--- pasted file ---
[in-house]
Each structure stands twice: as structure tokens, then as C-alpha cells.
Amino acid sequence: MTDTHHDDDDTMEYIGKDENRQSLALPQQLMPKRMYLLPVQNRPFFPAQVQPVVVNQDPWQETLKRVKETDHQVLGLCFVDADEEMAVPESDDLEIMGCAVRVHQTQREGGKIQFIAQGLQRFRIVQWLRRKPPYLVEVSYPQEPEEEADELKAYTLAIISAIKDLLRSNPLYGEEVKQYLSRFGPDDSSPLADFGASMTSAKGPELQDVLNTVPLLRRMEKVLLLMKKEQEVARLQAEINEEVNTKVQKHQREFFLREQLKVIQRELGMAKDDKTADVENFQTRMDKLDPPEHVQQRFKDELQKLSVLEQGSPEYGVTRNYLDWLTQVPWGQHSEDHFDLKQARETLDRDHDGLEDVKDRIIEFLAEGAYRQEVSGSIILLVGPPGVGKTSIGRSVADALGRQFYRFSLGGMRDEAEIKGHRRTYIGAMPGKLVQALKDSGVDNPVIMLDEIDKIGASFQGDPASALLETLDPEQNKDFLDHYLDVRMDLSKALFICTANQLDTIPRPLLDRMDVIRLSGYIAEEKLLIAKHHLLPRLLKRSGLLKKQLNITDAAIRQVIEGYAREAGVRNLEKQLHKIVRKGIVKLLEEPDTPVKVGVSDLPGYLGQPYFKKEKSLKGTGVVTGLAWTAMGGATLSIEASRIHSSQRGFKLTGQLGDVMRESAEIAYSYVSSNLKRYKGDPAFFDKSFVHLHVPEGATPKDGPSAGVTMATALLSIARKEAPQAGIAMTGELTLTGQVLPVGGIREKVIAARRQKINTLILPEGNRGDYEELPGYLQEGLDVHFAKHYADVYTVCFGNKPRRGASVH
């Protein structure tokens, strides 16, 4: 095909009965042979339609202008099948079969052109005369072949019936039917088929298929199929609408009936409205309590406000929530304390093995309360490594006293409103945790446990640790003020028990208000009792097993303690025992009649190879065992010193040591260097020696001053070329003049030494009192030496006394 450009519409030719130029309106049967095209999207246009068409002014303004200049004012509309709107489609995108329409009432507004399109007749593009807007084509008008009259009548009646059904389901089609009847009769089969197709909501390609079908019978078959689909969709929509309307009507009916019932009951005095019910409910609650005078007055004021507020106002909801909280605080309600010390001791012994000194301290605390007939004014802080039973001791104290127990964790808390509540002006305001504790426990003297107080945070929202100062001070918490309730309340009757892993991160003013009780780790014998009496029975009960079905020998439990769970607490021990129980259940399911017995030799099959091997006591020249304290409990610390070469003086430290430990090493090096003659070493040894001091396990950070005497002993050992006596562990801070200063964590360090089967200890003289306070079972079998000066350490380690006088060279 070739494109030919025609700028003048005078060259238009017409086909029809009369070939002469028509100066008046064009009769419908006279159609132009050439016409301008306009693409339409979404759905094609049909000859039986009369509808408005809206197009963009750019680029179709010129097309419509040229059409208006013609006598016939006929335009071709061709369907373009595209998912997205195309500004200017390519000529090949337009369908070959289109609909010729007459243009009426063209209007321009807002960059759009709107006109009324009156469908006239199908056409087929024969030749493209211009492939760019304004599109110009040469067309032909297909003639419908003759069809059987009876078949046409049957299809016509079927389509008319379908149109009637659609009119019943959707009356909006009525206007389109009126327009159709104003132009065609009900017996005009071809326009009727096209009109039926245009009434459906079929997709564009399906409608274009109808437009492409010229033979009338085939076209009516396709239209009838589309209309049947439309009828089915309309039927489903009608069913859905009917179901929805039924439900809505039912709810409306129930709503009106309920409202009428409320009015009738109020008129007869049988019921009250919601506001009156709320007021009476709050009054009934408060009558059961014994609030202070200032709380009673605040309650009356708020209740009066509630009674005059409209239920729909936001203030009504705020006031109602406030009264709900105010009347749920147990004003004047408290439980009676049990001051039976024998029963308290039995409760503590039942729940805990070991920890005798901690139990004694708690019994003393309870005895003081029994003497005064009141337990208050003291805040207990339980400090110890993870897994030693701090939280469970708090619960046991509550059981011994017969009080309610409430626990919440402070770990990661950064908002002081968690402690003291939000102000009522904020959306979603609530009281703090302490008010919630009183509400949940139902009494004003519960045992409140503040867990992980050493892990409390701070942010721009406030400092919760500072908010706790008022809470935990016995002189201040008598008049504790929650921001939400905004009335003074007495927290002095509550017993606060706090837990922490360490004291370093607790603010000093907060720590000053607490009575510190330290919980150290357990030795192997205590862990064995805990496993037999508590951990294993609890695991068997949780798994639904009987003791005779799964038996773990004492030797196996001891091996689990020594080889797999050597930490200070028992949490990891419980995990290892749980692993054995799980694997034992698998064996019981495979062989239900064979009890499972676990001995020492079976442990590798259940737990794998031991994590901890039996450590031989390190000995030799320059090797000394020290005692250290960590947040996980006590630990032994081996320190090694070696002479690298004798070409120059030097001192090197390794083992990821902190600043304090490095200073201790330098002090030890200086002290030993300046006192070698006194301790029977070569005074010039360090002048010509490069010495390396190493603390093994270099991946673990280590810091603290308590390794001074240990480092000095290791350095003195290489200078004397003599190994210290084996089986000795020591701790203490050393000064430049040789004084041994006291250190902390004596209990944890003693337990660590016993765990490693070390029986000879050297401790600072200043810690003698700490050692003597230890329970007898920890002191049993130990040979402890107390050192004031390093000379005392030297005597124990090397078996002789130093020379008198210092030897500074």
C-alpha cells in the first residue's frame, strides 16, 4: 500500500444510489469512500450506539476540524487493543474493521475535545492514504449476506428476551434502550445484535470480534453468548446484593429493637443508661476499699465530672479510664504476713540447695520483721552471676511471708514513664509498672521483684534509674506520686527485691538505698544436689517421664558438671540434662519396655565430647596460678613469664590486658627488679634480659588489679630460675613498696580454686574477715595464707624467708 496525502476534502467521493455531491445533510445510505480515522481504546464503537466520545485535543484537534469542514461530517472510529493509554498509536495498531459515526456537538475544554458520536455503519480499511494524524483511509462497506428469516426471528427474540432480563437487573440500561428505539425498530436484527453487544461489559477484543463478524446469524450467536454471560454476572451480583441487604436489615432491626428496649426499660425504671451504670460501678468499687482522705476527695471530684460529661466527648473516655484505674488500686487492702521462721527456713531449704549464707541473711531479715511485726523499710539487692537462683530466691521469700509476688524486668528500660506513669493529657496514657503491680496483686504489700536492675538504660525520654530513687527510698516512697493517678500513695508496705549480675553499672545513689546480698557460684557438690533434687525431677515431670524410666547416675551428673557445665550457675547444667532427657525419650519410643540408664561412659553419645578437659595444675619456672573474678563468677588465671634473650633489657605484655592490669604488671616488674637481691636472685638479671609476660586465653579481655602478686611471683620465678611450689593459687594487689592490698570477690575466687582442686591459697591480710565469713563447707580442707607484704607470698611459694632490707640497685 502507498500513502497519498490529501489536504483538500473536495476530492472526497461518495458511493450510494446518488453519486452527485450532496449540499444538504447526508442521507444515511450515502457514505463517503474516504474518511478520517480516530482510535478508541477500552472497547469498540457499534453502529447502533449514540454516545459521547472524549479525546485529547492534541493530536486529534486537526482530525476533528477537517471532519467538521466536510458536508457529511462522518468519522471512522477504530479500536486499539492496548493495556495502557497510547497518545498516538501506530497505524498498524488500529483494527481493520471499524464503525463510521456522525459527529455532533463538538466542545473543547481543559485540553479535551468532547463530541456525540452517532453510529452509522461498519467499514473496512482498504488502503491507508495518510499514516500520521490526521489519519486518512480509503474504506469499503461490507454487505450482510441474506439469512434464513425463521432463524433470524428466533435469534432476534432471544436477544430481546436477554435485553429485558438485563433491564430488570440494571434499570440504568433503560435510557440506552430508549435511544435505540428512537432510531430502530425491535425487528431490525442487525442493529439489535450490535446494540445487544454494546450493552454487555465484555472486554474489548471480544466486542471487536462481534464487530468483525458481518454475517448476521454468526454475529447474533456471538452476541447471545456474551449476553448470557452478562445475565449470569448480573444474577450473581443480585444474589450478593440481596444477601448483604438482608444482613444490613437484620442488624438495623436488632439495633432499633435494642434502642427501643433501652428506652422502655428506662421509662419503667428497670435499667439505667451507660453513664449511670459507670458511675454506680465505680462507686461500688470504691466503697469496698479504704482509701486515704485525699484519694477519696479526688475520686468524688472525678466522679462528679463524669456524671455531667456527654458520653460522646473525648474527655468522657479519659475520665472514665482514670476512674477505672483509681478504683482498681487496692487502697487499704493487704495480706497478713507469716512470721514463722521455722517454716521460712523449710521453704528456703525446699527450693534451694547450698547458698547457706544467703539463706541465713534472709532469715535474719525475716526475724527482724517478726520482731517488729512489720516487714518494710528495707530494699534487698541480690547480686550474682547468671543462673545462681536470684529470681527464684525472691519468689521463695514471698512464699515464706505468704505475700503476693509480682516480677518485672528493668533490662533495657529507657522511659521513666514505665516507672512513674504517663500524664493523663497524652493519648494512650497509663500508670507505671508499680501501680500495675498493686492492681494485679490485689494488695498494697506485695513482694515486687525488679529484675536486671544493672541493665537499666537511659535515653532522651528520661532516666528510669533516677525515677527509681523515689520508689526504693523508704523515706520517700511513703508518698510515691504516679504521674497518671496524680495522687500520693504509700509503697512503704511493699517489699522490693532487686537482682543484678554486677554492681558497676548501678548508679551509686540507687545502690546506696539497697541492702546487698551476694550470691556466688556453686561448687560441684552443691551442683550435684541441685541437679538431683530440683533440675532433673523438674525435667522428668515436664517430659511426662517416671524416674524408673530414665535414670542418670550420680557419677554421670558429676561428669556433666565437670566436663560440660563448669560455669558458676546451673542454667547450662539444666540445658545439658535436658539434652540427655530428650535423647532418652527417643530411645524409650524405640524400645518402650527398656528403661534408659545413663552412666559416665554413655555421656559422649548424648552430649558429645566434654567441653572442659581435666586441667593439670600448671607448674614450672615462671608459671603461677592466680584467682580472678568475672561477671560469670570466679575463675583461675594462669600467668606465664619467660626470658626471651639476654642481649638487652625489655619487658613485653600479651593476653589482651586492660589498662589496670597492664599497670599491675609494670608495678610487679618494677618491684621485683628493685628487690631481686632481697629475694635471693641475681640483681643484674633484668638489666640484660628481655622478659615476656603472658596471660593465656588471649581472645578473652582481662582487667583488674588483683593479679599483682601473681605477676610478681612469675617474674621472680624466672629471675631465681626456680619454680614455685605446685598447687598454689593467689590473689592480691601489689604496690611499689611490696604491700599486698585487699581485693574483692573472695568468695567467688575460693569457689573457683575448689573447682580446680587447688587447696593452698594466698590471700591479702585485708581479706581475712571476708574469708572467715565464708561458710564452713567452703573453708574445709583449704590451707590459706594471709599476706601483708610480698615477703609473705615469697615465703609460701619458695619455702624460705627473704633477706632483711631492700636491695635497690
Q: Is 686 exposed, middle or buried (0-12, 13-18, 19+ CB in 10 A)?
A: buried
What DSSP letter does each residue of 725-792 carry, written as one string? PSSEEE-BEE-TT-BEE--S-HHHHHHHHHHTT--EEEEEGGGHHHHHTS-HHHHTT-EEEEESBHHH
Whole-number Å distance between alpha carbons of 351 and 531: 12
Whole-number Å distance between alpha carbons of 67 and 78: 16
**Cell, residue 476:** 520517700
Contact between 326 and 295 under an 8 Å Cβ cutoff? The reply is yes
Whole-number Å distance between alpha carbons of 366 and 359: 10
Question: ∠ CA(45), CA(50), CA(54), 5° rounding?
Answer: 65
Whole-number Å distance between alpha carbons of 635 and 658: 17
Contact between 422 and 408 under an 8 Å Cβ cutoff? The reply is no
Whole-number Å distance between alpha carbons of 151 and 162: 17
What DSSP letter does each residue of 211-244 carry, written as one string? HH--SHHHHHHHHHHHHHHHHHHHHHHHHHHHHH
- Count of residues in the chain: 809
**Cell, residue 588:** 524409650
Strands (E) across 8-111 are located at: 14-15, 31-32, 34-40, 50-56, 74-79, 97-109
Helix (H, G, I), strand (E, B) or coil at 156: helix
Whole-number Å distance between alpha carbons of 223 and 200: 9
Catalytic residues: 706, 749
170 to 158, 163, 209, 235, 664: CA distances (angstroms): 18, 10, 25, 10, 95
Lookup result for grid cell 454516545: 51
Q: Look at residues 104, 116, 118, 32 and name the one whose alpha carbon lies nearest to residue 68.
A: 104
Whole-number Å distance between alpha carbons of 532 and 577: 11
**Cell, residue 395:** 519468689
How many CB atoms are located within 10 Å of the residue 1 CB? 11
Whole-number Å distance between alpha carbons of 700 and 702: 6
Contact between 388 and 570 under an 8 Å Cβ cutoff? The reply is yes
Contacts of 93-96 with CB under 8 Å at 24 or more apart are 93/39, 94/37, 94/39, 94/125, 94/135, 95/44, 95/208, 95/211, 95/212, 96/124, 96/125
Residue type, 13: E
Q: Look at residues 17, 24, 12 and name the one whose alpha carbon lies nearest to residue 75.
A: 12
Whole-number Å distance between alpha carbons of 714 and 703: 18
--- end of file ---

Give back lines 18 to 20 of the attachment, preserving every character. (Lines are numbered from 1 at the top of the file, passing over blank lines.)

Whole-number Å distance between alpha carbons of 151 and 162: 17
What DSSP letter does each residue of 211-244 carry, written as one string? HH--SHHHHHHHHHHHHHHHHHHHHHHHHHHHHH
- Count of residues in the chain: 809